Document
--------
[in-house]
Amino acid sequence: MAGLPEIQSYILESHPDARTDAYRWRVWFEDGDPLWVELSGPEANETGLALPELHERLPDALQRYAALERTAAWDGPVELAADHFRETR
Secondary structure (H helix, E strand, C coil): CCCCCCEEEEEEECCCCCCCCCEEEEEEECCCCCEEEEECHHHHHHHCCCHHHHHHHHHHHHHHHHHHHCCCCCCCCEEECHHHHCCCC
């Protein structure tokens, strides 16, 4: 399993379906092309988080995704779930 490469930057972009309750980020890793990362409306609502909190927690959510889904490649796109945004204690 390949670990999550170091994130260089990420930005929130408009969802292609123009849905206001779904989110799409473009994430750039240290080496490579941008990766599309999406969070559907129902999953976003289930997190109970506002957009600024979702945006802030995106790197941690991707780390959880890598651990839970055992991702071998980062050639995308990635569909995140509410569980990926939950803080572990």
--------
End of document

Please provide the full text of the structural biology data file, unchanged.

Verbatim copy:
[in-house]
Amino acid sequence: MAGLPEIQSYILESHPDARTDAYRWRVWFEDGDPLWVELSGPEANETGLALPELHERLPDALQRYAALERTAAWDGPVELAADHFRETR
Secondary structure (H helix, E strand, C coil): CCCCCCEEEEEEECCCCCCCCCEEEEEEECCCCCEEEEECHHHHHHHCCCHHHHHHHHHHHHHHHHHHHCCCCCCCCEEECHHHHCCCC
């Protein structure tokens, strides 16, 4: 399993379906092309988080995704779930 490469930057972009309750980020890793990362409306609502909190927690959510889904490649796109945004204690 390949670990999550170091994130260089990420930005929130408009969802292609123009849905206001779904989110799409473009994430750039240290080496490579941008990766599309999406969070559907129902999953976003289930997190109970506002957009600024979702945006802030995106790197941690991707780390959880890598651990839970055992991702071998980062050639995308990635569909995140509410569980990926939950803080572990």